Mobilisation law comes into force as Ukraine struggles to boost troop numbers

Mobilisation law comes into force as Ukraine struggles to boost troop numbers

A mobilisation law has come into force in Ukraine as Kyiv struggles to boost troop numbers after Russia launched a new offensive.

The legislation, which was watered down from its original draft, will make it easier to identify every conscript in the country. It also provides incentives to soldiers, such as cash bonuses or money towards buying a house or car, that some analysts say Ukraine cannot afford.

Ukraine’s parliamentarians dragged their feet for months and only passed the law in mid-April, a week after Ukraine lowered the age for men who can be drafted from 27 to 25.

The measures reflect the growing strain that more than two years of war with Russia has had on Ukraine’s forces, who are trying to hold the front lines in fighting that has sapped the country’s ranks and stores of weapons and ammunition.

Ukrainian President Volodymyr Zelensky also signed two other laws on Friday, allowing prisoners to join the army and increasing fines for draft dodgers five-fold. Russia enlisted its prisoners early on in the war, and personnel shortages compelled Ukraine to adopt the new measures.

Oleksii Tarasenko, a deputy commander of a Ukrainian assault battalion, said that his men felt “awful” about the law’s failure to address the issue of demobilisation. Although many Ukrainian troops have been fighting since the war’s early days, it remains unclear when and how they might be relieved of duty.

“It feels like a cruel injustice towards people who have been fighting for two years, and of course, it has a highly negative effect on the psychological state of soldiers and their families,” Mr Tarasenko said.

Early drafts of the law envisaged the demobilisation of troops after 36 months, and the rotation of those serving on the front line for more than half a year.

These clauses were dropped following a last-minute appeal by Ukraine’s military leadership, concerned that the armed forces would be left without their best-trained and most experienced troops. The Ukrainian Defence Ministry is working on a separate demobilisation law.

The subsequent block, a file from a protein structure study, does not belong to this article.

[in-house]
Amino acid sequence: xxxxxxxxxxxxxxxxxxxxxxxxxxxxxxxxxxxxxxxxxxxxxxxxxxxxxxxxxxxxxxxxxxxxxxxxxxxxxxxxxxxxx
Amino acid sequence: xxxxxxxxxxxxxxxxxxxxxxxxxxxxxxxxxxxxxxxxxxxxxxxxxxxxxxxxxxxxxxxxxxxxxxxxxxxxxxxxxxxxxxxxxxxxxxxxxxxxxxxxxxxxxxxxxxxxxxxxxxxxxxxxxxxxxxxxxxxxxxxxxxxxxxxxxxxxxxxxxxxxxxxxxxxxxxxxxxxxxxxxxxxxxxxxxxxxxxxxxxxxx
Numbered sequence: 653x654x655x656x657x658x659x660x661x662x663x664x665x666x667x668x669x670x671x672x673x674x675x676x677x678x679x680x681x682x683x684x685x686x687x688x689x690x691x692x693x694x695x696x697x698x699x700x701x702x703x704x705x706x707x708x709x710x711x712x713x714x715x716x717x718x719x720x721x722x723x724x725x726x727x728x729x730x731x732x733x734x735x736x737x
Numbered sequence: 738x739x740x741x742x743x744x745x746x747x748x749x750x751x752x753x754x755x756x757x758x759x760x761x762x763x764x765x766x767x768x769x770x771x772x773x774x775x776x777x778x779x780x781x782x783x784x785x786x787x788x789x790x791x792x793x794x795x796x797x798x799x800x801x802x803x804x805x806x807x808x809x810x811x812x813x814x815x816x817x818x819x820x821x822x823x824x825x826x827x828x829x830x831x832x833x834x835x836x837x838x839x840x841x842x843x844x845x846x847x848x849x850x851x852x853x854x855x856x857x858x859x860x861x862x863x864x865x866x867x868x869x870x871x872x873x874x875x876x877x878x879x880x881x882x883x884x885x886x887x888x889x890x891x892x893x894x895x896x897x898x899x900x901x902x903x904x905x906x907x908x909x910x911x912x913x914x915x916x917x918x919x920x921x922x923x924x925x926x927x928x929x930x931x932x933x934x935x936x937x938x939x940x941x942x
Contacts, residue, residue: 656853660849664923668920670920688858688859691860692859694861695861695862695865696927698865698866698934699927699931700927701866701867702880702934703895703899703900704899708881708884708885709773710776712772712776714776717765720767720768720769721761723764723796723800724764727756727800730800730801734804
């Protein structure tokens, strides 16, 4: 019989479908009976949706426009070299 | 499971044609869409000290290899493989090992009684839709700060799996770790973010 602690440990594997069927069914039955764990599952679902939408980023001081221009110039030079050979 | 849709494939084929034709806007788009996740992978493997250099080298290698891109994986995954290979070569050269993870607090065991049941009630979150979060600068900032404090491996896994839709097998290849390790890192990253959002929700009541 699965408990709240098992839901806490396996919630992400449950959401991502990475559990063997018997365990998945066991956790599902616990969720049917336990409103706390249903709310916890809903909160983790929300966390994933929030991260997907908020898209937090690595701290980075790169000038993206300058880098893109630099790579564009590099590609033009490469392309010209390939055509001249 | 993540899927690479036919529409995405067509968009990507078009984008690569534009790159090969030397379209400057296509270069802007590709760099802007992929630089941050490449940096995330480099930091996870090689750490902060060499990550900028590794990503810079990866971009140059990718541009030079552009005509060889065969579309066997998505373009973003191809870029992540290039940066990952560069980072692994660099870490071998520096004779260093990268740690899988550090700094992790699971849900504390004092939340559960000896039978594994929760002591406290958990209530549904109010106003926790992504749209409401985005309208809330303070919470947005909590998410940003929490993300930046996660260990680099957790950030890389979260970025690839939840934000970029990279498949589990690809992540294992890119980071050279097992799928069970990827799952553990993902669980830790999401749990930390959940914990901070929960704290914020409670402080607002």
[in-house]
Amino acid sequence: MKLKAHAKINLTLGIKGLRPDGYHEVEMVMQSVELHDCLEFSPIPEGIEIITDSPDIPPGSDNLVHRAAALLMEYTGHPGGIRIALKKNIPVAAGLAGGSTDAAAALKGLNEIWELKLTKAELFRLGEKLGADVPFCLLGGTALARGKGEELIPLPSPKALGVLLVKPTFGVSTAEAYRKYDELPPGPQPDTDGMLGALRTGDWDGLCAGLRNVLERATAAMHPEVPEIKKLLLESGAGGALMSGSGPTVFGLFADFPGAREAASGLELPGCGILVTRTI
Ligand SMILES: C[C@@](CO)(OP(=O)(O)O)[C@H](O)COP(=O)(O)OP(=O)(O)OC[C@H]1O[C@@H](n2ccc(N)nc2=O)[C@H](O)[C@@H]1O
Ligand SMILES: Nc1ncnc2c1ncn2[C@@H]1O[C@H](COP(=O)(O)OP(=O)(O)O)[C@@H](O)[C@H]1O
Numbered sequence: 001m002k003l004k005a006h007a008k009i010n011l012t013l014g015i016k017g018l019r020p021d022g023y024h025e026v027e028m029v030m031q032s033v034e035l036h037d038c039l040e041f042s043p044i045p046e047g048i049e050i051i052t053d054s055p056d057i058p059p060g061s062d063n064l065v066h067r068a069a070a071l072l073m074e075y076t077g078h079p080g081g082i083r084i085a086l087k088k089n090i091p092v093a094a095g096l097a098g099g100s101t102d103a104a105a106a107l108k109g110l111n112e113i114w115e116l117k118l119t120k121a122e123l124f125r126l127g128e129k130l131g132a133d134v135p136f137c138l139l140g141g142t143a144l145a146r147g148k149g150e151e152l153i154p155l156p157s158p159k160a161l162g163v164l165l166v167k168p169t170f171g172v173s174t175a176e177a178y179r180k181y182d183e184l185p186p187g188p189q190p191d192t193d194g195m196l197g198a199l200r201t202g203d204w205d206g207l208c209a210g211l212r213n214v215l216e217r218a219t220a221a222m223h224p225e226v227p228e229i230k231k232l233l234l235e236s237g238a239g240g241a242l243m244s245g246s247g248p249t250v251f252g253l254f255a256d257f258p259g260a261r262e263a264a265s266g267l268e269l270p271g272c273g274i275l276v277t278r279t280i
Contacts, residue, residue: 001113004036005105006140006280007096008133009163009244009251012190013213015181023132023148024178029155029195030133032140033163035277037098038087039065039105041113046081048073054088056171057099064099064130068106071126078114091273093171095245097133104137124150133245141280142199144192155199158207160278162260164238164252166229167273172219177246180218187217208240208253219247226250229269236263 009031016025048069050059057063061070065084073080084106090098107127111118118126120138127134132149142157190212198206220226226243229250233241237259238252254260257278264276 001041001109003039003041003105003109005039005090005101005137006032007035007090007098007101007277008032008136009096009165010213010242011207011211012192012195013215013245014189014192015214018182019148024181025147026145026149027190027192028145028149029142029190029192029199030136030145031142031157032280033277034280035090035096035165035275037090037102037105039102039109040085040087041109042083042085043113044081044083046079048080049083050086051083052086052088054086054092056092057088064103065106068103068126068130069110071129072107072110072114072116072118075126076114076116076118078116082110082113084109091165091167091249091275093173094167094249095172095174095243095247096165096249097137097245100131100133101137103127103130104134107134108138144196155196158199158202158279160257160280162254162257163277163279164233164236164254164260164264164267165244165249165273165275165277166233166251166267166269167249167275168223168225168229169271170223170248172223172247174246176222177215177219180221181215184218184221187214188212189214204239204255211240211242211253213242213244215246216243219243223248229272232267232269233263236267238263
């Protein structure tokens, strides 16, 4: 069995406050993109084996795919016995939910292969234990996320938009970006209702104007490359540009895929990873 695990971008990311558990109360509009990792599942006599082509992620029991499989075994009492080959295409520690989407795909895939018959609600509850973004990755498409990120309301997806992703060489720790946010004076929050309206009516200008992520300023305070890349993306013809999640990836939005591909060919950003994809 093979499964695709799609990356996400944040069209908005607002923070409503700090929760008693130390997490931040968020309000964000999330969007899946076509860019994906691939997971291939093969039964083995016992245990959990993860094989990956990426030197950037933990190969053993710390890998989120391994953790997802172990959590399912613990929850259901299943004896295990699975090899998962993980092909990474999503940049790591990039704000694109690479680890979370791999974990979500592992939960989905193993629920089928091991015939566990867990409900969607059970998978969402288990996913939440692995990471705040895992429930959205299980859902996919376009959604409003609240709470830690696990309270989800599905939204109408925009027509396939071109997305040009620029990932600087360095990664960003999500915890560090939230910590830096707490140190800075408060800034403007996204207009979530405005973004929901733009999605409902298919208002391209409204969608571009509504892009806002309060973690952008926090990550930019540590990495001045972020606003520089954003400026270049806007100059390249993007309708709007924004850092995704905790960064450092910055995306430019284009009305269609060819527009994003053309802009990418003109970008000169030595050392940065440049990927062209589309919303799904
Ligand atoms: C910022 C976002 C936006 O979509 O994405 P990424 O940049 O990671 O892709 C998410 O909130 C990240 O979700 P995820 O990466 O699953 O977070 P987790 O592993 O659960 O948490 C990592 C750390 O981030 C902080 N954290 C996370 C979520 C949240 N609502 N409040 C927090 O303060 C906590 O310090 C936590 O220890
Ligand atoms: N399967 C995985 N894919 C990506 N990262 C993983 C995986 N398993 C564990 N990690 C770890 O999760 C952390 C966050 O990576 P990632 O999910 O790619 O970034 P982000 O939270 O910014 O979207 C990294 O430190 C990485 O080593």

Mr Tarasenko said that despite their weariness, his comrades could see the generals’ point.

“We already see how many people are lacking, especially professional troops in the units. And simply allowing such professional people who have been through a lot to demobilise would be wrong,” he said.

Russian troops, meanwhile, are pushing ahead with a ground offensive that opened a new front in north-eastern Ukraine’s Kharkiv region and put further pressure on Kyiv’s overstretched military. After weeks of probing, Moscow launched the new push knowing that Ukraine suffered personnel shortages, and that its forces have been spread thin in the north east.

Russian President Vladimir Putin said on Friday during a visit to China that the Russian push aims to create “a buffer zone” rather than capturing Kharkiv, the local capital and Ukraine’s second-largest city.

Still, Moscow’s forces have pummelled Kharkiv with strikes in recent weeks, hitting civilian and energy infrastructure and prompting angry accusations from Mr Zelensky that the Russian leadership sought to reduce the city to rubble. On Friday, Mayor Ihor Terekhov said that Russian guided bombs killed at least three residents and injured 28 others that day.

Moscow denies deliberately targeting civilians, but thousands have died or suffered injuries in the more than 27 months of fighting.

Kharkiv regional governor Ihor Syniehubov on Saturday said that nearly 10,000 civilians had to be evacuated from frontline areas near the Russian border. Only 100 residents remain in Vovchansk, the border town at the centre of Moscow’s grinding push that is now largely in ruins. The town had a pre-war population of more than 17,400.

The US last week announced a new 400 million dollar package of military aid for Ukraine, and President Joe Biden has promised that he would rush badly needed weaponry to the country to help it stave off Russian advances.

Still, only small batches of US military aid have started to trickle into the front line, according to Ukrainian military commanders, who said it will take at least two months before supplies meet Kyiv’s needs to hold the line.

Thousands of Ukrainians have fled the country to avoid the draft since Russia’s all-out invasion in February 2022, some risking their lives as they tried to swim across a river separating Ukraine from neighbouring Romania and Hungary.

Late on Friday, Ukraine’s border service said that at least 30 people have died trying to cross the Tisza River since the full scale-invasion.

Romanian border guards days earlier retrieved the near-naked, disfigured body of a man that appeared to have been floating in the Tisza for days, and is the 30th known casualty, the Ukrainian agency said in an online statement. It said the man has not yet been identified.

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